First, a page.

Arts & Culture

Author McGowan is honored as ‘2008 Harvard Humanist of the Year’

5 min read

Can parents raise moral children without religion?

Greg Epstein M.T.S. ’07 thinks so. He’s the Humanist chaplain at Harvard, and has just finished writing a book due out next fall. Its title: “Good Without God.”

Dale McGowan thinks so too. He edited the recent anthology “Parenting Beyond Belief: On Raising Ethical, Caring Kids Without Religion” (AMACOM, 2007). Last Saturday (Dec. 6), the Atlanta-based author was honored as 2008 Harvard Humanist of the Year, an award sponsored by Epstein’s office. He delivered the 16th annual Alexander Lincoln Lecture.

Previous honorees include the late television personality Steve Allen; biologist E.O. Wilson, Harvard’s Pellegrino University Professor emeritus; and Rep. Fortney H. “Pete” Stark (D-Calif.), who last year used his Lincoln lecture to formally out himself as the first openly Humanist member of Congress.

Cheerful, tall, and sporting a trim beard and wide smile, McGowan is the antithesis of the image of strident, hair-trigger Humanists — those with what he calls “UTT syndrome” (as in, “Unholier Than Thou”).

McGowan delivered the late-morning lecture at Boylston Hall’s Fong Auditorium, ate a lunch of burritos with his audience, then moderated an afternoon seminar on nonreligious parenting.

At a booth outside the auditorium was the lecture’s co-sponsor, Kate Miller, founder of the Providence, R.I.-based Charlie’s Playhouse, a maker of games and toys inspired by Darwin. Among them: a long narrow mat that condenses 600 million years of Earth timeline into 18 picture-packed feet of skipping surface; cards on ancient creatures; and what Miller said is her best-selling T-shirt, which bears the legend, “Product of Natural Selection.”

McGowan exudes a similar lightness. In both the lecture and seminar, he said, the operative word is “Relax.”

For one, relax about that morality question. Research shows that children arrive at moral values “reliably, and on time,” he said, as long as they grow up in a supportive environment.

Citing another study, McGowan related that at age 3 or 4 children are “universally selfish,” but by 7 or 8 they develop “a strong sense of fairness,” the foundation of a moral life.

In fact, research shows that indoctrination, often the focus of religious upbringing, is, more than anything else, what impedes moral development, claimed McGowan. “At the heart of indoctrination is the distrust of reason.”

Better off are children who get from their parents “an explicit invitation to disagree,” he said — that is, children “actively engaged in the refinement of their own moral development.”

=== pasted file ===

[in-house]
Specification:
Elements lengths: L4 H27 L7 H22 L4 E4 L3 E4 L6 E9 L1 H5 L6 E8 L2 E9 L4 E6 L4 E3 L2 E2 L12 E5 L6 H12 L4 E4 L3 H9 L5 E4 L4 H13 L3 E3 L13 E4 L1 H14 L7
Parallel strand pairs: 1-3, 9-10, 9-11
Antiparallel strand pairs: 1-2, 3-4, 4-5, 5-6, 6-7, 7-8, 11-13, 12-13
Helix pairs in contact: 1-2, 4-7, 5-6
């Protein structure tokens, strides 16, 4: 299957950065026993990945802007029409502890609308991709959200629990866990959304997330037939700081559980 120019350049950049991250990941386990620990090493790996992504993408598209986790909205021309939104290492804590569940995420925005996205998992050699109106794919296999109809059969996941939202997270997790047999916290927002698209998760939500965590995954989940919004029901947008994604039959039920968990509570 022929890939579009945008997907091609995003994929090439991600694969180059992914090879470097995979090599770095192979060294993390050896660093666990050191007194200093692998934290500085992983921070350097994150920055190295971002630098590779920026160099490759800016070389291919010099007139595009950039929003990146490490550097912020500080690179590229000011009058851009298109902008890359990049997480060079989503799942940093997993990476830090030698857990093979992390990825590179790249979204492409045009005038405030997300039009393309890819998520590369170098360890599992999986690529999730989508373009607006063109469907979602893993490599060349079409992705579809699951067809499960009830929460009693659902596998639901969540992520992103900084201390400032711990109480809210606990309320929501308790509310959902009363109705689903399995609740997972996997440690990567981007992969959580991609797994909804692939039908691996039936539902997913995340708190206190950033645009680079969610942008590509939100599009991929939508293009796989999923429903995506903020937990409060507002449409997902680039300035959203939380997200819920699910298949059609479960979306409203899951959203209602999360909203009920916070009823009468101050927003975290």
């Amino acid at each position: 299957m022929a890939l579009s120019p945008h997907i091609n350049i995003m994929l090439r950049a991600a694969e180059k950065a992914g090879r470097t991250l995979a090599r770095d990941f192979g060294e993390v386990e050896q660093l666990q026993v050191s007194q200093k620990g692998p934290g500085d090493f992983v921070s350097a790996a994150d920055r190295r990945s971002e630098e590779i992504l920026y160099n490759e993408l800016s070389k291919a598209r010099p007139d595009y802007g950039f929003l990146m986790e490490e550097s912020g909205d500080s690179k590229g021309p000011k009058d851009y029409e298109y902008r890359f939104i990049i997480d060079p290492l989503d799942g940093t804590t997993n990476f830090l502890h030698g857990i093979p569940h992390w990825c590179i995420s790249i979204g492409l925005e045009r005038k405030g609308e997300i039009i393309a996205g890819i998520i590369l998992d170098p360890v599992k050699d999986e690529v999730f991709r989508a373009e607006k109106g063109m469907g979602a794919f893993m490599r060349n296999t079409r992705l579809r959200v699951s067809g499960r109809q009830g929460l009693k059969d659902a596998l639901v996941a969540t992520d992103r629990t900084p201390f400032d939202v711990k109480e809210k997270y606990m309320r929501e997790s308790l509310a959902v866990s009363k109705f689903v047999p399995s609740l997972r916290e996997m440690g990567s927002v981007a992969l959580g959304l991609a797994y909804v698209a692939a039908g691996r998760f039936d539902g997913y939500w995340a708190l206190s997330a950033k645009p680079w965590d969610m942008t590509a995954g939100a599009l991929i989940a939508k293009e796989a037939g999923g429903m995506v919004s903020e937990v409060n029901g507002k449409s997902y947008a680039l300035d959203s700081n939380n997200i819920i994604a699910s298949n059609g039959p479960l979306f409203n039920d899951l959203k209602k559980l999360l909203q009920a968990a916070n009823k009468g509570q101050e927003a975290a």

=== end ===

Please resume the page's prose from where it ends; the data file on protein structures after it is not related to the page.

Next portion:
“Parenting Beyond Belief,” an anthology of essays from 27 Humanist voices, covers eight big topics, including morality, death, values, and community. (Actress Julia Sweeney contributed. So did British skeptic and biologist Richard Dawkins, whose 2006 book “The God Delusion” threw a bare-knuckle punch at the supernatural.)

But even 27 freethinkers ruminating on the subject of nonreligious parenting still managed to arrive at “an amazing degree of consensus,” said McGowan.

They agreed that children should be “religiously literate,” he said, and that labeling a child is inappropriate. “It’s a very different process to reach adulthood and chose your first labels yourself,” said McGowan, “than to look down and see the word ‘Catholic’ or ‘atheist’ hanging around your neck.”

Among Humanist parents, confidence sometimes runs dry in the face of religious traditions that already offer “a box of settled questions” on death, sexuality, and other big issues. “It’s into that breach of confidence that the church steps,” said McGowan.

There seems to be a growing sense of community among nonreligious parents, he said — but it’s pretty new.

A few years ago, McGowan himself was looking for guidance as a new parent who embraced humanism. He found nothing in print, so he floated his first book proposal to publishers in 2003.

There were no takers, despite shelves of parenting books for Jews (2.5 percent of Americans, said McGowan), for Muslims (1 percent), and even for witches and wiccans (“0.004 percent of the American pie,” he said).

Left out, to McGowan’s amazement, were parenting guides for the 14.1 percent of Americans who then self-identified as nonreligious.

The publishing markets opened up following the publication of Sam Harris’s “The End of Faith” in 2004, which shot close to the top of best-seller lists.

Since then, if “Parenting Beyond Belief” has achieved anything, said McGowan, it is the creation of a sense of community — “the simple revelation there are other non-religious parents out there.”

To finish his lecture, Harvard’s Humanist of the Year recalled another nonreligious parent: Ann Dunham, mother of President-elect Barack Obama. She gave her son a sense of tolerance and empathy from within a secular world view, McGowan said.

Using words that first appeared in his blog, “The Meming of Life,” he praised Obama’s mother for showing her son “joy, knowledge, and wonder, of which religion is a single expression.”

“We now have a resounding answer for those who would question whether we can raise ethical, caring kids without religion,” said McGowan. “Yes, we can.”